Bitter Knight rants and raves in Playboy issue

INDIANAPOLIS (AP) Former Indiana basketball coach Bob Knight continues to call university officials “deceitful” four months after he was fired.

In the March issue of Playboy magazine, Knight says his only regret is not leaving Indiana sooner.

“I talked to some people and almost without exception they told me to leave,” Knight said in a 12-page interview due to hit newsstands Feb. 5.

“What I did in this situation was think about the wrong things. When I quit coaching, I envisioned being able to stay around the university, to help in any way they asked.”

Instead, university president Myles Brand fired Knight on Sept. 10.

That doesn”t mean Knight, who won three national championships and made five Final Four appearances at Indiana, is finished.

“I would really like to wind up my coaching career working for people I really like and respect and who feel the same way about me,” he said. “I want better final memories than I have right now.”

Nurse”s testimony hurts Chmura”s case

WAUKESHA, Wis. (AP) A nurse told jurors yesterday she believed the teenager who accused former Green Bay Packers star Mark Chmura of sexually assaulting her at a party after a high school prom.

Debra Donovan, a registered nurse at a Milwaukee hospital, testified she talked to and examined Chmura”s accuser within hours after the April 9 party. Donovan said she concluded “the findings are consistent with what she reported. I believe she was sexually assaulted.”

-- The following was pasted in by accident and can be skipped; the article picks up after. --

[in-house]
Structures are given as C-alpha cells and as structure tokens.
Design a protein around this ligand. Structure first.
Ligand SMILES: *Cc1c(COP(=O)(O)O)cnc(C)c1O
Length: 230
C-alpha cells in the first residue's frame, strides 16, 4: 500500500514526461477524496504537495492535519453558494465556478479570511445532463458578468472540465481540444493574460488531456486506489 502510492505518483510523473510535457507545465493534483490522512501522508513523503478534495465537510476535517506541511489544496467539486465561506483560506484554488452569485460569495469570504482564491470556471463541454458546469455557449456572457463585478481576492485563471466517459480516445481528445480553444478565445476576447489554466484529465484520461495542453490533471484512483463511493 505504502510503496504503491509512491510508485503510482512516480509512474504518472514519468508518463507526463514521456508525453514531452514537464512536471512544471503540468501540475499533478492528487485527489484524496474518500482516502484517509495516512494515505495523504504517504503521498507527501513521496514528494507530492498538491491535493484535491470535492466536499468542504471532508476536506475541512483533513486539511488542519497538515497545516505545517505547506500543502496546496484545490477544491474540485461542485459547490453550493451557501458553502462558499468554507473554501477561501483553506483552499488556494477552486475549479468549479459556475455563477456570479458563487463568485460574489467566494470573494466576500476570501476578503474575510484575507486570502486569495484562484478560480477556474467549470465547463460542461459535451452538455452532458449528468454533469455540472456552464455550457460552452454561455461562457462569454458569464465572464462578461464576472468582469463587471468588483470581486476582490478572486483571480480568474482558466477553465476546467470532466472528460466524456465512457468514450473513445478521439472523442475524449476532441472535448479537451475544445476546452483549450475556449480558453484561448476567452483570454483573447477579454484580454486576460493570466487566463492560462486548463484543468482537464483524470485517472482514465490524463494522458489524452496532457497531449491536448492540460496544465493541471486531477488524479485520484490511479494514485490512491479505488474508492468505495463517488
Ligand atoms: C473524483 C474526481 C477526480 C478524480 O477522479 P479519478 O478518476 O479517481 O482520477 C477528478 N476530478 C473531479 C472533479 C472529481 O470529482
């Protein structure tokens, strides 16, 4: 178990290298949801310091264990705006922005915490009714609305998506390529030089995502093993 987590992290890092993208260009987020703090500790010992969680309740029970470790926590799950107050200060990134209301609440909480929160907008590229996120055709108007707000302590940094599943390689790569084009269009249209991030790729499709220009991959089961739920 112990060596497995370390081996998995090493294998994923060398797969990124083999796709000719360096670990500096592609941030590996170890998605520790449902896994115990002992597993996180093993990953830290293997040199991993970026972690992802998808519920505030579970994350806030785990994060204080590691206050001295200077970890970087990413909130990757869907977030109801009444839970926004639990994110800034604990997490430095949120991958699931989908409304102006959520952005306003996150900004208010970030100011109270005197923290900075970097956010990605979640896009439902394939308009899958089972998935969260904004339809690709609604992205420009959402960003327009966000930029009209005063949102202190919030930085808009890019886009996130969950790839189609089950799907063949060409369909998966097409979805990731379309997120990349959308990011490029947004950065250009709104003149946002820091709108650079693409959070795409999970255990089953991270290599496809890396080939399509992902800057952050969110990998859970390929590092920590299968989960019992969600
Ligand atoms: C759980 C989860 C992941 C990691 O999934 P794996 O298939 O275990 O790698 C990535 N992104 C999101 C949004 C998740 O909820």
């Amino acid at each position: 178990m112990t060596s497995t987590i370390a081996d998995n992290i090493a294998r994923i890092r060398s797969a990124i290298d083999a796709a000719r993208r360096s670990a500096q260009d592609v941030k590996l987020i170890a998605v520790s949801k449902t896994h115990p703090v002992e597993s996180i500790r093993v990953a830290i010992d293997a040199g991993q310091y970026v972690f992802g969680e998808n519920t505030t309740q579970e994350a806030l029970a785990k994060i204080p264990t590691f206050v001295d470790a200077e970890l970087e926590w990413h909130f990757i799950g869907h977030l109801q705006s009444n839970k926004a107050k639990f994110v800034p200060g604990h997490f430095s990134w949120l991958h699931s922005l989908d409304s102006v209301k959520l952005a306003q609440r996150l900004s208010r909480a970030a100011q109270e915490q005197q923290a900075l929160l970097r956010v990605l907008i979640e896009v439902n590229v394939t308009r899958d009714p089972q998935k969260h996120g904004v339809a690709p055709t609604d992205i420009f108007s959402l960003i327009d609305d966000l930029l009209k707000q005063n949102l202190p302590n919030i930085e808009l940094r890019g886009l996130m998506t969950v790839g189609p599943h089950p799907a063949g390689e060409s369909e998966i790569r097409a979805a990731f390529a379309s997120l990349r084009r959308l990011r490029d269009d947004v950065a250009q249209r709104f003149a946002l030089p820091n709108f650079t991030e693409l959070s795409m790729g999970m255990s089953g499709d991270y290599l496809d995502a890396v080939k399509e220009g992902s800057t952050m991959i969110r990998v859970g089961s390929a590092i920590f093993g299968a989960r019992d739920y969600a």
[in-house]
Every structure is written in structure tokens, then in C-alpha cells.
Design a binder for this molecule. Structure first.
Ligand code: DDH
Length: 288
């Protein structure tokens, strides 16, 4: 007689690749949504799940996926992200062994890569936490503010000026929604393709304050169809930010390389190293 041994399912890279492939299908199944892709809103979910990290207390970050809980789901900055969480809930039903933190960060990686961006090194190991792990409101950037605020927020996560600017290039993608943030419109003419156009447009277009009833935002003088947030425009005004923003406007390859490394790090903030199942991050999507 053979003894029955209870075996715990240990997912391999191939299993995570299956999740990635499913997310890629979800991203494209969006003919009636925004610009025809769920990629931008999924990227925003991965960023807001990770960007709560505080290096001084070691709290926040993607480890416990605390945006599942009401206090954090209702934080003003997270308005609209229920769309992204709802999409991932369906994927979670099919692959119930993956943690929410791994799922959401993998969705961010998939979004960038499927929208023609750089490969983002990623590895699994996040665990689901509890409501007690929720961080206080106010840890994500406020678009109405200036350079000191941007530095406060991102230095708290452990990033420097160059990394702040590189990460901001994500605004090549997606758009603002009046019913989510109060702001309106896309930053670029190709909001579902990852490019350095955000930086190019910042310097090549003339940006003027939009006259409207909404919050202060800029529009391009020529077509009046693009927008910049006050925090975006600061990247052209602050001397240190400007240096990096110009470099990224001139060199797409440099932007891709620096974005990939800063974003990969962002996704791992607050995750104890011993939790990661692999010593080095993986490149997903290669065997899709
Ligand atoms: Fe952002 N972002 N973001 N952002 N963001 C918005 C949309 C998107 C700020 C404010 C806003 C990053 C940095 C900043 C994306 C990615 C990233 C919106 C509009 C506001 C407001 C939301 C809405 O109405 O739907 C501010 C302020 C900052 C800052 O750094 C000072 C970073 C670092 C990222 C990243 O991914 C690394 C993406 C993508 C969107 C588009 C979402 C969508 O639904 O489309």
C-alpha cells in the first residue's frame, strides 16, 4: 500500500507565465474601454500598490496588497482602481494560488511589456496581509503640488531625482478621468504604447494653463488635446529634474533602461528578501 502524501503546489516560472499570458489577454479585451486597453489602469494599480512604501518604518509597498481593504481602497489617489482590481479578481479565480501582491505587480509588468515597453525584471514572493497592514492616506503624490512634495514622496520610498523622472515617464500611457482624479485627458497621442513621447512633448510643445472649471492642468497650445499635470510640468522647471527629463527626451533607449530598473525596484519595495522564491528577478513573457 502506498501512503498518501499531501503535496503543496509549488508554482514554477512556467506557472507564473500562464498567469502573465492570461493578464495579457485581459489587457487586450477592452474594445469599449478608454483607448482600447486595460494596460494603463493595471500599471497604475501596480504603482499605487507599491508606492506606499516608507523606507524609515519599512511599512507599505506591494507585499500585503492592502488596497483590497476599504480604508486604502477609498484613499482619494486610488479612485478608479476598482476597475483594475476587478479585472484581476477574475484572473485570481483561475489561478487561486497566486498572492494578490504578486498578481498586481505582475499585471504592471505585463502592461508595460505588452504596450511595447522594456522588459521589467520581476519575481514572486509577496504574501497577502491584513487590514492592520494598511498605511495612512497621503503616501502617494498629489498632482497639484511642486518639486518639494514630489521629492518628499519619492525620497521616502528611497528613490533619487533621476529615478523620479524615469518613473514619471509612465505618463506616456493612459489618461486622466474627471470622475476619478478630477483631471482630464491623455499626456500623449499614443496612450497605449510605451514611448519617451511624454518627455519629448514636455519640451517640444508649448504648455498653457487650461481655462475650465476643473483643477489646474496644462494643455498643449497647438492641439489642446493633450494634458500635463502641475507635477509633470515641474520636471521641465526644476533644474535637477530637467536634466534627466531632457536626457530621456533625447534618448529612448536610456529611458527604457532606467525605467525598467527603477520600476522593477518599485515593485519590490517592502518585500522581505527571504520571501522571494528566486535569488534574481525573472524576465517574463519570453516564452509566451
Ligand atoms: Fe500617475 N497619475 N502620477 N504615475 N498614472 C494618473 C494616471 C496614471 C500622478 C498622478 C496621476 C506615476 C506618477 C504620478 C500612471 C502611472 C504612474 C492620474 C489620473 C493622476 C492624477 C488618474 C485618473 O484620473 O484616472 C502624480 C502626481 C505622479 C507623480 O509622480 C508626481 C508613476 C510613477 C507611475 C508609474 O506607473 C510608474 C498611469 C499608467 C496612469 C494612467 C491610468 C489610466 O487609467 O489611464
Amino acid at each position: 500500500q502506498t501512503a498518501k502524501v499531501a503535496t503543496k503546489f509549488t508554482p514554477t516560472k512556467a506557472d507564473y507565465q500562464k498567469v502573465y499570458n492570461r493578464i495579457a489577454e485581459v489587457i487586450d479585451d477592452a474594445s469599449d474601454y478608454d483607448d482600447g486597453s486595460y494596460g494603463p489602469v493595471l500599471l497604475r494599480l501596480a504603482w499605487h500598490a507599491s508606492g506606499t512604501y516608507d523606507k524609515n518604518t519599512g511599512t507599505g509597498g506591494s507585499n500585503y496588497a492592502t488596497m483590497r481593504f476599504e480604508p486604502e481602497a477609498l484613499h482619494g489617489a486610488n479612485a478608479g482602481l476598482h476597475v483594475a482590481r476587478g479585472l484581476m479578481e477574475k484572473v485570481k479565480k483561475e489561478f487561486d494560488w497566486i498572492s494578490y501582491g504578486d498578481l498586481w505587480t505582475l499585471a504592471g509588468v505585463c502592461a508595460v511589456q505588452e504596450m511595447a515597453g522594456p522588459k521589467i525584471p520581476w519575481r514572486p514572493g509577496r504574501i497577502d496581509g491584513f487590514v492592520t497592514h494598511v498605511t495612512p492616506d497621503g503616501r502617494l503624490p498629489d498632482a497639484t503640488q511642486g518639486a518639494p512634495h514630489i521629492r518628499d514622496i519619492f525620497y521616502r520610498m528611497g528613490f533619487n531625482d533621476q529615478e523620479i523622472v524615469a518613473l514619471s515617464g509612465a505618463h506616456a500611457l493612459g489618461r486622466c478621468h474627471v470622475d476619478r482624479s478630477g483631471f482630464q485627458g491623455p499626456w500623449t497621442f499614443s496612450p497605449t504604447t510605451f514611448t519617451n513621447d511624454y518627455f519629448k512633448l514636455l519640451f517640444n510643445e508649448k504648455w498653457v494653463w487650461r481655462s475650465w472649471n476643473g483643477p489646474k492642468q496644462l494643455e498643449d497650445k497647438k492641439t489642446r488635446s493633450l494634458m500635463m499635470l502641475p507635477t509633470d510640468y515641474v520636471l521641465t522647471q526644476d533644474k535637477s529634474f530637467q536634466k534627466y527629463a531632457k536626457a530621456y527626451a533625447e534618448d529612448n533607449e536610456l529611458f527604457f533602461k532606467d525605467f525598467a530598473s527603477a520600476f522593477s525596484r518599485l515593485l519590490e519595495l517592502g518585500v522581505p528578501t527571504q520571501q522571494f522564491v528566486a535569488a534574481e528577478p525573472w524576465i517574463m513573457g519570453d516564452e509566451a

Chmura”s accuser, 17 at the time, told police Chmura pulled her into the bathroom, pulled down her pants and had sex with her without her consent.

Defense attorneys contend the teenager, who baby-sat Chmura”s children, hated Chmura and lied about the incident. The 31-year-old player could get up to 40 years in prison and $20,000 in fines if convicted.

Chmura was a three-time Pro Bowl selection and appeared in two Super Bowls with Green Bay. He missed most of the 1999 season with a neck injury. The team cut him in June after he was charged.

Invesco owns name of Denver”s new stadium

DENVER (AP) Denver”s new football stadium sold its name for a pile of cash that”s a mile high.

Disregarding the wishes of the mayor and many fans to preserve the name simply as “Mile High Stadium,” the new home of the Broncos will be “Invesco Field at Mile High.”

Invesco Funds Group, a financial services company, will pay $120 million for 20 years to have its name on the stadium. The Metropolitan Football Stadium District Board accepted the offer Monday in a 7-1 vote.

Taxpayers are responsible for 75 percent of the burden to finance the $400 million facility, which is being built next door to the old stadium. The Broncos begin play at their new home this fall.

Mayor Wellington Webb led opposition to the renaming, saying Mile High was a marketing asset for the area. Webb and many fans also said the rich history associated with the name was more important than cutting the stadium”s cost.

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